Left to right, DPE Dave Thompson, Luke Larkins, and CFI Tom DuVoisin celebrate Larkins’ first flying certificate.

By MARINA WATERS

Staff Writer

[email protected]

Luke Larkins spends most of his time in the clouds piloting planes. But even when his feet are on the ground, the 20-year-old pilot from Jonesborough is dreaming of the next time he’ll be thousands of feet in the air doing what he loves most.

“It’s like defying the laws of physics really,” Larkins said. “I mean, if you look at our bodies, we’re not meant to fly. We’re not. But when you go up there and defy that, you see what a bird sees and you see what a pilot sees, it’s just one of those out-of-body experiences. You just can’t stop doing it. Once I went up flying that one time, I have been hooked ever since.”

Larkins, who got his pilot’s license two weeks ago, spent a year at Middle Tennessee State University and is now studying aviation mechanics at Northeast State while working on his certifications through Morristown Flying Service. The road to getting his certification hasn’t been an easy one, though. Larkins said he spent many nights studying for his written test and working to eventually take on the wide open skies after months of preparation.

He also said what surprised him the most about becoming a pilot was how much pilots have to know about the weather.

The views, Larkins said, are the best part of being a pilot.

“When I first started, I thought it was just going to be flying. But the weather is a huge factor,” Larkins said. “We actually have charts where we have to calculate the weight and balance of the plane that way we make sure that it’s inside the center of gravity. There’s a reason they call us in-field weathermen. We have to know the weather as well as the weathermen do. You have to know all the types of clouds and everything because otherwise, if we fly into the wrong cloud, we’re dead.”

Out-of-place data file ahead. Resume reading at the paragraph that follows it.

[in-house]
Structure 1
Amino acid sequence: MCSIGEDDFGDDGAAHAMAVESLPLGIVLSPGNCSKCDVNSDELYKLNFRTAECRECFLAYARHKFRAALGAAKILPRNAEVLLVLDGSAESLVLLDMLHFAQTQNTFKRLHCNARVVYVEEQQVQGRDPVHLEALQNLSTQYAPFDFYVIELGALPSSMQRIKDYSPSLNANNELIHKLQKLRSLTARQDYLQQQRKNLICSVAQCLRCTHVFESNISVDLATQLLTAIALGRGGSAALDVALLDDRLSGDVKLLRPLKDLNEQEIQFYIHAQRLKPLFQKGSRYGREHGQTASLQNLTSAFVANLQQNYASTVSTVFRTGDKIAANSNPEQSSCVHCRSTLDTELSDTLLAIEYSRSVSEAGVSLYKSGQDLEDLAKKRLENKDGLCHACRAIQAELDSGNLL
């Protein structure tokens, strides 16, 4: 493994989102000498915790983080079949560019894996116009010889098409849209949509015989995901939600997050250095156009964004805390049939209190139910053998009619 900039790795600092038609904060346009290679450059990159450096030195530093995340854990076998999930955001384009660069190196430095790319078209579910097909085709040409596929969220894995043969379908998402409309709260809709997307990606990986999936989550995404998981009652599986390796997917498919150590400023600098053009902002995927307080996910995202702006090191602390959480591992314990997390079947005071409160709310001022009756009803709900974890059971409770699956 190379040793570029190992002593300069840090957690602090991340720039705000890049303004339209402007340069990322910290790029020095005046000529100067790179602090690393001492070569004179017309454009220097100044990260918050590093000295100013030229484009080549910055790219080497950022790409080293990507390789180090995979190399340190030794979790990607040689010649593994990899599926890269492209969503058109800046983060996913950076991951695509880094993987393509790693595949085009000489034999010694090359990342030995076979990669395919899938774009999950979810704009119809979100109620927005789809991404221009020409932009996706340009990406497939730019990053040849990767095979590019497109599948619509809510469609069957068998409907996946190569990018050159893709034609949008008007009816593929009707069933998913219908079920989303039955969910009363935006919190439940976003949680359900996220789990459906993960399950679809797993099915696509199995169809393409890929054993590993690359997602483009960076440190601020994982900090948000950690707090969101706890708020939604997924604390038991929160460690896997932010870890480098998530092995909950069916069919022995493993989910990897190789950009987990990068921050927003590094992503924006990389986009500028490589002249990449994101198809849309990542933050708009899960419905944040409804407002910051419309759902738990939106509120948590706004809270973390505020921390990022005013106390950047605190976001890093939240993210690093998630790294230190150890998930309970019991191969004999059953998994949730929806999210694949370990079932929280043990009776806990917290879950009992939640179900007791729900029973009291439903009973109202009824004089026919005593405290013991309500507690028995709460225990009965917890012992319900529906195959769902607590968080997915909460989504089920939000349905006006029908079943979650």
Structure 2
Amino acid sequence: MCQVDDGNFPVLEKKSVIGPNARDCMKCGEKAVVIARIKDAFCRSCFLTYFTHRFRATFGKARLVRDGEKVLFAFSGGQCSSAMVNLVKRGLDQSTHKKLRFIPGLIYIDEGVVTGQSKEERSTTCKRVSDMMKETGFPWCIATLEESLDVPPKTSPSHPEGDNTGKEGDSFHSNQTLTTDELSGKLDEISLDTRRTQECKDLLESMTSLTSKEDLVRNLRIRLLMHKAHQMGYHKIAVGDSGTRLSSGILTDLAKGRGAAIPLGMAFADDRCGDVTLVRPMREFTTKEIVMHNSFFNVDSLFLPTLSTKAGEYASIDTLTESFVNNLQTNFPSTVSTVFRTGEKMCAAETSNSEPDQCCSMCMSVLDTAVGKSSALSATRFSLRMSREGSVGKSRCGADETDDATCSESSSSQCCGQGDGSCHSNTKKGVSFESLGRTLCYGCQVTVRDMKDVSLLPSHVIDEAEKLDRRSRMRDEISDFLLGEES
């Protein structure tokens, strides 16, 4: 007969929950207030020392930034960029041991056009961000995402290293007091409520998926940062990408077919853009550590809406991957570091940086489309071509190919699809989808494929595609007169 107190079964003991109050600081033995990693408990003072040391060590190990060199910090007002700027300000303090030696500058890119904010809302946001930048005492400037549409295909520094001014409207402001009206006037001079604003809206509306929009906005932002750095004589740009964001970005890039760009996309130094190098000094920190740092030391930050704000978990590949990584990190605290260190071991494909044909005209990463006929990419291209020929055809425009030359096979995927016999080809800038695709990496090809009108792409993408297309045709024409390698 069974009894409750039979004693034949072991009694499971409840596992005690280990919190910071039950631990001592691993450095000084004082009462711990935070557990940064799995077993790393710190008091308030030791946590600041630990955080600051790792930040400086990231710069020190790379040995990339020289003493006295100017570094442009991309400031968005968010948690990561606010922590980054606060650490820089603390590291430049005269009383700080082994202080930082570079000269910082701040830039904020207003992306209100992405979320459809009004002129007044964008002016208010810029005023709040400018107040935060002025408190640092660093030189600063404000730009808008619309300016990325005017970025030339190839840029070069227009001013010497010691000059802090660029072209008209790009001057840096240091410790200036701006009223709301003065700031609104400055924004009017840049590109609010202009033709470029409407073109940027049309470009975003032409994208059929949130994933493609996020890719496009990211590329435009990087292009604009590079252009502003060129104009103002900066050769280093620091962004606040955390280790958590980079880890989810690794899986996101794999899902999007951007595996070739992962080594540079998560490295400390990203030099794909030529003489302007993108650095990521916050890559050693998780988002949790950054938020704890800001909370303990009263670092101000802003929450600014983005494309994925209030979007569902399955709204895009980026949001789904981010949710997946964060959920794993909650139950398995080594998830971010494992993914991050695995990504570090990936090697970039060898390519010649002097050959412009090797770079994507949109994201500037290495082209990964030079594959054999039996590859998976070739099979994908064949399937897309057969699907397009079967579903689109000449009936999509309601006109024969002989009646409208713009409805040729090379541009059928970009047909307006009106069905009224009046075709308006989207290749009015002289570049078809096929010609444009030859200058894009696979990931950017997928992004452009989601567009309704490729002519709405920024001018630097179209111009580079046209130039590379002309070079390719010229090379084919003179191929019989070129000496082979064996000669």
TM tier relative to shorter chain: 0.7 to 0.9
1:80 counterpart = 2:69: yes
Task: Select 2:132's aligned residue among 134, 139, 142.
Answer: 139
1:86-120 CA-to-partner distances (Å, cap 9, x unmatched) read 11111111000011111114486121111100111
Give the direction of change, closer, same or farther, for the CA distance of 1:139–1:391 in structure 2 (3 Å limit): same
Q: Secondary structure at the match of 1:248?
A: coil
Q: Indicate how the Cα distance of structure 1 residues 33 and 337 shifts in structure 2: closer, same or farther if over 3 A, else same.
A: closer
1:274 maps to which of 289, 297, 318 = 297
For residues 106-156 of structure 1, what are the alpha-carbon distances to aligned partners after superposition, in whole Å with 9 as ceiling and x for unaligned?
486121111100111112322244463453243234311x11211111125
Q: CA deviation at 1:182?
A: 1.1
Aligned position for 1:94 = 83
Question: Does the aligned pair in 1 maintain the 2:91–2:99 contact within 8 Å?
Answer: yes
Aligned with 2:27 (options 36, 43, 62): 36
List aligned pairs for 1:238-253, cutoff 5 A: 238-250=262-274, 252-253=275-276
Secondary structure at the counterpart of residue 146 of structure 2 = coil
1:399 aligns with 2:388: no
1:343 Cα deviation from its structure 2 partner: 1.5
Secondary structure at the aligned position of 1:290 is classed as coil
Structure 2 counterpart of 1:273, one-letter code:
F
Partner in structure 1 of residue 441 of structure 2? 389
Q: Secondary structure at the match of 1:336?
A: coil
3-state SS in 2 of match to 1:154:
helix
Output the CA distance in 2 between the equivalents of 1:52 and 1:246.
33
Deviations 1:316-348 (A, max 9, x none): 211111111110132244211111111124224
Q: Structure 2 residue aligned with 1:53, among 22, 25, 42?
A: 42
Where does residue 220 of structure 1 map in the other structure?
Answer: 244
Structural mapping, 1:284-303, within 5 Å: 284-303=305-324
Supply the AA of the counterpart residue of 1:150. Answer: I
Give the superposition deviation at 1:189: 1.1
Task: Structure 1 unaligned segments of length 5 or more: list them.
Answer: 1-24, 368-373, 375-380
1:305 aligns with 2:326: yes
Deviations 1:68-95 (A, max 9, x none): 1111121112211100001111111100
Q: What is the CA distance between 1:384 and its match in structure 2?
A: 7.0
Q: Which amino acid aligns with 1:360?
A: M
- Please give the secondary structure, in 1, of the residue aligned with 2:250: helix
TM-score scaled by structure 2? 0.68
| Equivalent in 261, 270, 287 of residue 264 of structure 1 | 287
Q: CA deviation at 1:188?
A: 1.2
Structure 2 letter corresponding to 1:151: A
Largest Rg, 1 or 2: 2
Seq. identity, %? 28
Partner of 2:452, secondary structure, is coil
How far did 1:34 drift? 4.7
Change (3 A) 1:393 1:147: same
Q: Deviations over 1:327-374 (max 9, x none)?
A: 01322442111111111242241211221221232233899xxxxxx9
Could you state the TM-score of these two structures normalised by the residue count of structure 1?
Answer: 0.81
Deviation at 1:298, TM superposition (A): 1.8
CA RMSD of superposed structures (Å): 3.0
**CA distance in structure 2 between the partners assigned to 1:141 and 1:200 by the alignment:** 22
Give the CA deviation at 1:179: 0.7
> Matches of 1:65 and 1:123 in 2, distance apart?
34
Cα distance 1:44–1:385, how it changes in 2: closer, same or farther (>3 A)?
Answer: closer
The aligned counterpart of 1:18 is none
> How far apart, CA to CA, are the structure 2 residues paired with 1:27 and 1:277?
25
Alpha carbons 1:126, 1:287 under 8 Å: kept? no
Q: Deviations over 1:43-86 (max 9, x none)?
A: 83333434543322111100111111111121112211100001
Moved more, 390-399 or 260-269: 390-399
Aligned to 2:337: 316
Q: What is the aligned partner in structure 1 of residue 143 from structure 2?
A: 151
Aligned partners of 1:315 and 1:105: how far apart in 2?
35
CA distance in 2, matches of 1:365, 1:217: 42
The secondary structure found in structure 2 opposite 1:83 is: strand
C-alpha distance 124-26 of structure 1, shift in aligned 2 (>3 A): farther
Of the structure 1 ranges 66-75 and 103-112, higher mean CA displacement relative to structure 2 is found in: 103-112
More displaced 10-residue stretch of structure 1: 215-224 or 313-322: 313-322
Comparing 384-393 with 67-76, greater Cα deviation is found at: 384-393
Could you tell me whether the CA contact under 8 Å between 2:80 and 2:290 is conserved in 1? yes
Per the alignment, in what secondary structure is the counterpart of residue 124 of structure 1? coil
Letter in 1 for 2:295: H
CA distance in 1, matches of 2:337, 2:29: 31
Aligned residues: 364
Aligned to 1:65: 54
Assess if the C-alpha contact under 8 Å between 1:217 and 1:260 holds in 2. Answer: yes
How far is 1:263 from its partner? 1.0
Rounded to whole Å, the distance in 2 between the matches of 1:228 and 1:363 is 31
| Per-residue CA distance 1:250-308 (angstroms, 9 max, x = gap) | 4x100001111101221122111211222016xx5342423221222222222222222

For Larkins, the skills needed to become a good pilot aren’t simply learned before taking the pilot’s seat; that’s also done while flying.

“There’s a saying that goes, ‘A competent pilot flies the plane. A good pilot learns as he flies the plane.’ You learn as you go, even now as a private pilot,” Larkins said. “Even though I don’t have an instructor with me, if I go up there and look around, I look at the clouds, I look at ground reference, interstates, stuff like that. I learn as I fly every single day. It’s a never-ending process of learning. You can never be a perfect pilot, only a better pilot.”

Larkins is considering a future in commercial flying like his cousin or joining the Air Force, which is somewhat of a family tradition for the Jonesborough native.

“It just seems right for me to join,” Larkins said. “My family comes from a long line. On my mom’s side, her brother was in the Marines and he met his wife in the Marines as well and then I have a cousin who is joining the Army right now as well. So I’ve always kind of thought about that.”

No matter where he’s flying off to, Larkins said his home will always be in the mountains of East Tennessee. His family made the move from Paris, Texas, a small town about two hours northeast of Dallas, four years ago when Larkins started his junior year at David Crockett High School and his younger brother, Cade, was a freshman.